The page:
The social determinants of health (SDoH) are defined by the World Health Organization as the “conditions in which people are born, grow, live, work, and age.” Within pediatrics, studies have highlighted links between these underlying social, economic, and environmental conditions, and a range of health outcomes related to both acute and chronic disease. Additionally, within the adult literature, multiple studies have shown significant links between social problems experienced during childhood and “adult diseases” such as diabetes mellitus and hypertension. A variety of potential mechanisms for such links have been explored including differential access to care, exposure to carcinogens and pathogens, health-affecting behaviors, and physiologic responses to allostatic load (i.e., toxic stress). This robust literature supports the importance of the SDoH and the development and evaluation of social needs interventions. These interventions are also driven by evolving economic realities, most importantly, the shift from fee-for-service to value-based payment models. This article reviews existing evidence regarding pediatric-focused clinical interventions that address the SDoH, those that target basic needs such as food insecurity, housing insecurity, and diminished access to care. The paper summarizes common challenges encountered in the evaluation of such interventions. Finally, the paper concludes by introducing key opportunities for future inquiry.
The social determinants of health (SDoH) are defined by the World Health Organization as “the conditions in which people are born, grow, work, live, and age, and the wider set of forces and systems shaping the conditions of daily life.”1 The SDoH frequently involves “upstream” social, environmental, and economic challenges related to housing or food insecurity, intimate partner violence, and a lack of clean air, alongside societal or structural determinants such as racism and poverty.2 Child poverty is a particularly prevalent determinant with more than 40% of children living in low-income households.3 Poverty and other related SDoH influence short- and long-term outcomes at the individual level, while differential exposures across groups generate disparities at the population level.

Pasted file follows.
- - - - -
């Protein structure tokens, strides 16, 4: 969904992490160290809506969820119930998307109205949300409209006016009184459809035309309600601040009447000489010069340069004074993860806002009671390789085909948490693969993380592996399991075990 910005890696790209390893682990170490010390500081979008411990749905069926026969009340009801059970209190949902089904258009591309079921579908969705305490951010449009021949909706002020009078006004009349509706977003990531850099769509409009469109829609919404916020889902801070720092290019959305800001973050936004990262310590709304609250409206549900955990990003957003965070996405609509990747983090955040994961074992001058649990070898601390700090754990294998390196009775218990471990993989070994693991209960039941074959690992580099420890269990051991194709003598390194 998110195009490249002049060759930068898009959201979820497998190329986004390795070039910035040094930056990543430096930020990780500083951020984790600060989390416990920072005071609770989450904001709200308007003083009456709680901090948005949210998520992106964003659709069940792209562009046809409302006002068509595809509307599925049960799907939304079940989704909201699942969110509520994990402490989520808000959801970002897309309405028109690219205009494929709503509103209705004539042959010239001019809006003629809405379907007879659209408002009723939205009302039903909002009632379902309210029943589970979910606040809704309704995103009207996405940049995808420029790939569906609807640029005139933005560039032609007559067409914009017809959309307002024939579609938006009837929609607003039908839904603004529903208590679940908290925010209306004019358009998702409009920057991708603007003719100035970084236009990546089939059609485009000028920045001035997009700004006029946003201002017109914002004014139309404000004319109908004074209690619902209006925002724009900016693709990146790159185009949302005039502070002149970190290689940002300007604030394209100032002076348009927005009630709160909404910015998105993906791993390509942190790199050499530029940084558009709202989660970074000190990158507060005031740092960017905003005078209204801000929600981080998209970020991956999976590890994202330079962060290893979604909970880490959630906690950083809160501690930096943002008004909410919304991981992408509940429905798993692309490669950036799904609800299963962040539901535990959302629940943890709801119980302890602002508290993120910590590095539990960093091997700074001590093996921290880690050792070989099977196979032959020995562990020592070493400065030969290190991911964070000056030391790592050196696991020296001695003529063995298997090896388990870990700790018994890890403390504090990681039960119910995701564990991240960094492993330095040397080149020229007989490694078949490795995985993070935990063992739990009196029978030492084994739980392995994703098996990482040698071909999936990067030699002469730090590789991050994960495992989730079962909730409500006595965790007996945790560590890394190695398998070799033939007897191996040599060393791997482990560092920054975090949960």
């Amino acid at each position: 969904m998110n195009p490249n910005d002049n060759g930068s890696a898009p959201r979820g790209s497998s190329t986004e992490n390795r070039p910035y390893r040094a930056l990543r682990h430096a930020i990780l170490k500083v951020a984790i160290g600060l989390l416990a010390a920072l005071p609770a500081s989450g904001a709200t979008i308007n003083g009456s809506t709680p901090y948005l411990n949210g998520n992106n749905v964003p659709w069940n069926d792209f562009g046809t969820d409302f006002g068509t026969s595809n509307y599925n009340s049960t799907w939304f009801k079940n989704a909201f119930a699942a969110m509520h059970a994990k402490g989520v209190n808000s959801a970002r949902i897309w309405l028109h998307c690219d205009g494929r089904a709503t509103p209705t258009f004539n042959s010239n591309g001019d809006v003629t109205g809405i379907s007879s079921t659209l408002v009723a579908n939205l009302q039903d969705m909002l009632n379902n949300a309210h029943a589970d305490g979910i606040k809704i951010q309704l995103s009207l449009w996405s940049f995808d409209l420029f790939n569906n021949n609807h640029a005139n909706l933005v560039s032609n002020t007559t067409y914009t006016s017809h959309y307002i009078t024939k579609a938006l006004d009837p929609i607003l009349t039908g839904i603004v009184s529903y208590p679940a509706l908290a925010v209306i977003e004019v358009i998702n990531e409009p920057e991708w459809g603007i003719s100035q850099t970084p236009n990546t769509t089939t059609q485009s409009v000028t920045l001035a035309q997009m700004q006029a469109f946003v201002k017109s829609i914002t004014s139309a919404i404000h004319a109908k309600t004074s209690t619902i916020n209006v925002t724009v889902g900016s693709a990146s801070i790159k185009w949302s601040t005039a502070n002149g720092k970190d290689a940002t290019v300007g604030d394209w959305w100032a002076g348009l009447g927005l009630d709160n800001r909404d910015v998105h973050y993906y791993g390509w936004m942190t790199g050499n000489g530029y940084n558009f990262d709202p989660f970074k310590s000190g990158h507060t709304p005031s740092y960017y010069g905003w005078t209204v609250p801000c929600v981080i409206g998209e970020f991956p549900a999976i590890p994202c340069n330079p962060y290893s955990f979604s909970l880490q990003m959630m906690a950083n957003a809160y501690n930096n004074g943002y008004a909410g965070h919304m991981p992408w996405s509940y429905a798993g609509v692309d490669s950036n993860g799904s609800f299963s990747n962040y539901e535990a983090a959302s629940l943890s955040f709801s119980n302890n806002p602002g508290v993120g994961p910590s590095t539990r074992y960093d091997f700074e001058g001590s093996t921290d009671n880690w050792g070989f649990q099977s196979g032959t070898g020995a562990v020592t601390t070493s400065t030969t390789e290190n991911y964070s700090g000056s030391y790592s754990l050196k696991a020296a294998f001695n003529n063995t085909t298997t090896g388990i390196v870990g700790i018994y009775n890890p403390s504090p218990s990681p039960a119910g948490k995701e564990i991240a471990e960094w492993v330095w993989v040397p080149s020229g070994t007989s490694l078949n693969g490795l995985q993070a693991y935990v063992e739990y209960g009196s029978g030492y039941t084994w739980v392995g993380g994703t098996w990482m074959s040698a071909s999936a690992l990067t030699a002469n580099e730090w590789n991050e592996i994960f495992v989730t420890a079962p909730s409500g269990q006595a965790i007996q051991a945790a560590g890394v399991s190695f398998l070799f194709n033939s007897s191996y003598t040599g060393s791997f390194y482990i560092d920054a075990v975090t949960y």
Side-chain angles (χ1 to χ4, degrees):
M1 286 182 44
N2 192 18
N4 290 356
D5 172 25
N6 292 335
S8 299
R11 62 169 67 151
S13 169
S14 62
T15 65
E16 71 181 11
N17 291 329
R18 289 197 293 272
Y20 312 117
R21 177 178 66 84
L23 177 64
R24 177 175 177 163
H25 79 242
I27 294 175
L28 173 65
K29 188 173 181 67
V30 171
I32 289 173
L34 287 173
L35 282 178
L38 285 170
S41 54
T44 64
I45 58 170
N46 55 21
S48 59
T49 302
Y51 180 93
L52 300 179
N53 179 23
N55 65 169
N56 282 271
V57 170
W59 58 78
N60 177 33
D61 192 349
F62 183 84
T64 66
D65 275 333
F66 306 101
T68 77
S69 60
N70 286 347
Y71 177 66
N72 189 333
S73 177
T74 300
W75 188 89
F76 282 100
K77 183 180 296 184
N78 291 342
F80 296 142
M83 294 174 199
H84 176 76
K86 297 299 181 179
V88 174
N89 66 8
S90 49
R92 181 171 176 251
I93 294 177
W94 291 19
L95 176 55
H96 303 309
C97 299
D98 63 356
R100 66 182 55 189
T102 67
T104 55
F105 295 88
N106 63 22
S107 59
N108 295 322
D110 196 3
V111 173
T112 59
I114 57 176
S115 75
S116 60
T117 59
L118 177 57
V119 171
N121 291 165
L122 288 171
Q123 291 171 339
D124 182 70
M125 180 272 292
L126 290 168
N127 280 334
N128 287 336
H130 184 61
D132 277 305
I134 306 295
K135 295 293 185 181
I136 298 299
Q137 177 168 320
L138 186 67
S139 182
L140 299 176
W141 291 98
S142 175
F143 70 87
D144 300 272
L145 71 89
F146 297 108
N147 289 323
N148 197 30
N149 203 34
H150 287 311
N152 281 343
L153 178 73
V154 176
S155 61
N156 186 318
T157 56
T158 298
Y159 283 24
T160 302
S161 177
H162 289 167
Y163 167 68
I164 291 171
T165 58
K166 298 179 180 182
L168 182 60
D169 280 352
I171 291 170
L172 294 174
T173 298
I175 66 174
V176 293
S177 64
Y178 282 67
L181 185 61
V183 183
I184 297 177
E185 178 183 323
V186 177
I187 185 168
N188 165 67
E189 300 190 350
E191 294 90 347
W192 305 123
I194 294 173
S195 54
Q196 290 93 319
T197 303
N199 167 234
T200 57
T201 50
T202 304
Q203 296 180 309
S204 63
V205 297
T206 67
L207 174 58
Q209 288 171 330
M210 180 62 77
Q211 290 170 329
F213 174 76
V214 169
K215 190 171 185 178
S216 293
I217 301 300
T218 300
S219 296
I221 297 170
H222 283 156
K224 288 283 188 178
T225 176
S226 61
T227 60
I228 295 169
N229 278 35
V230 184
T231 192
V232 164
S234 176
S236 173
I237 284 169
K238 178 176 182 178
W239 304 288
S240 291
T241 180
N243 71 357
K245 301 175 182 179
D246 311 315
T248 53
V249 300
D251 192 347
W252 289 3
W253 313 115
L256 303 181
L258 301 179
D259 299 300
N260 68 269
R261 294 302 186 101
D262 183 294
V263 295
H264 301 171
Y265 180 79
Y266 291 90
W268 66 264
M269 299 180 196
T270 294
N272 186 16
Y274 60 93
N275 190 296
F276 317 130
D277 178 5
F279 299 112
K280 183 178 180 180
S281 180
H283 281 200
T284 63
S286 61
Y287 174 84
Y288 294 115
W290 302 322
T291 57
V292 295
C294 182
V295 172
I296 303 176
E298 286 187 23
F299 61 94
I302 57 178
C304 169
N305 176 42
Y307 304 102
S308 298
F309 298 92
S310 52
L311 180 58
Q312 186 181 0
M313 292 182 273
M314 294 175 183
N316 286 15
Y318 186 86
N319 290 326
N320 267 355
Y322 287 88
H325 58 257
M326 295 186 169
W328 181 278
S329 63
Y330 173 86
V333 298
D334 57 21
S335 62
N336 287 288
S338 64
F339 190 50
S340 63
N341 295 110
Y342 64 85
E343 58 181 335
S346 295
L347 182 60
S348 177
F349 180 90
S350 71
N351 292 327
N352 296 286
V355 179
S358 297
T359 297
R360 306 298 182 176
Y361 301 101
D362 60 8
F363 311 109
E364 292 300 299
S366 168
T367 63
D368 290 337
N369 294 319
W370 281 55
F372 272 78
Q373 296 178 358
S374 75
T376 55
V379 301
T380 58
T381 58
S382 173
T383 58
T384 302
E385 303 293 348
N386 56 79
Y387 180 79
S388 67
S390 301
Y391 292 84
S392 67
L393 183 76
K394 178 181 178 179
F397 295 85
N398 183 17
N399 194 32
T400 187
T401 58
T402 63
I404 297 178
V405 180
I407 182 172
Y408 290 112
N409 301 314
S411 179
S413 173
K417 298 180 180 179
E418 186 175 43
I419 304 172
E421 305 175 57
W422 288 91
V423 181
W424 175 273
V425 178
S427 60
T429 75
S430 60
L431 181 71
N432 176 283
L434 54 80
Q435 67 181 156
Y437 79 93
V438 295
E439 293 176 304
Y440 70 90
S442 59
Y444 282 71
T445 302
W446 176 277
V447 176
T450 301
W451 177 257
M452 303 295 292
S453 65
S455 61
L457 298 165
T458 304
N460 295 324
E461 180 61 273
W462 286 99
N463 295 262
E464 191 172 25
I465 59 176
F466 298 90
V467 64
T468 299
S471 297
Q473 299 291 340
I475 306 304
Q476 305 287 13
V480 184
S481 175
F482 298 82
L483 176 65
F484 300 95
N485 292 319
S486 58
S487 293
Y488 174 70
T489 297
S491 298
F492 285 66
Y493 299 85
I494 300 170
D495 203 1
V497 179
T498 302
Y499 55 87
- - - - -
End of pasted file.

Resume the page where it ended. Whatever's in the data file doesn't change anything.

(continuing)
Neither does every individual has the same access to health-promoting resources nor the same exposures to health-harming risks. This variability influences population health, “the health outcomes of a group of individuals, including the distribution of outcomes within that group.”4 This distribution is inequitable when there is a “failure to avoid or overcome inequalities that infringe the fairness and human rights norms.”5 Population health equity, therefore, requires consideration of all factors influencing both outcomes and outcome distributions.6, 7
An evolution toward value-based payments is pushing clinical providers, payers, hospitals, and health-care systems to develop and evaluate interventions that more effectively address such factors. Certain health-care organizations approach the SDoH through broad-based partnerships and programs aimed at improving housing stock, elevating economic opportunities, and reducing poverty in low-income communities.8 These approaches occur outside the clinical settings, but are complemented by clinically based patient-level interventions frequently involving screenings, case management, and assistance with services that reduce poverty-related hardships at the root of many SDoH.
In this paper, we begin with a brief description of mechanistic links between social determinants and health outcomes. We then highlight the evolving incentives that are accelerating the actions addressing the SDoH.3, 9,10,11 We then review the existing evidence generated about clinically based, patient-level pediatric interventions that focus on the basic needs. Finally, we outline common challenges researchers encounter in the evaluation of such interventions and offer several research opportunities critical to advancing the field in meaningful, value-added ways.
Mechanistic links between social determinants and health outcomes
Generally, people with social needs are at increased risk for morbidity and mortality.12 There are a variety of potential mechanisms for such links.13 Figure 1 provides a simplified conceptual framework for how SDoH-related conditions, exposures, and needs can be traced to health outcomes for individuals, households, and populations. Related, long-standing societal and structural determinants can also support or impede access to health-promoting resources.14 The influence of these factors, each often rooted in poverty, are interactive and cumulative, with exposures to multiple risks conferring a higher likelihood of poor health.13, 15 For example, those exposed to polluted air are likely to also have limited access to affordable groceries and few opportunities for gainful employment.16,17,18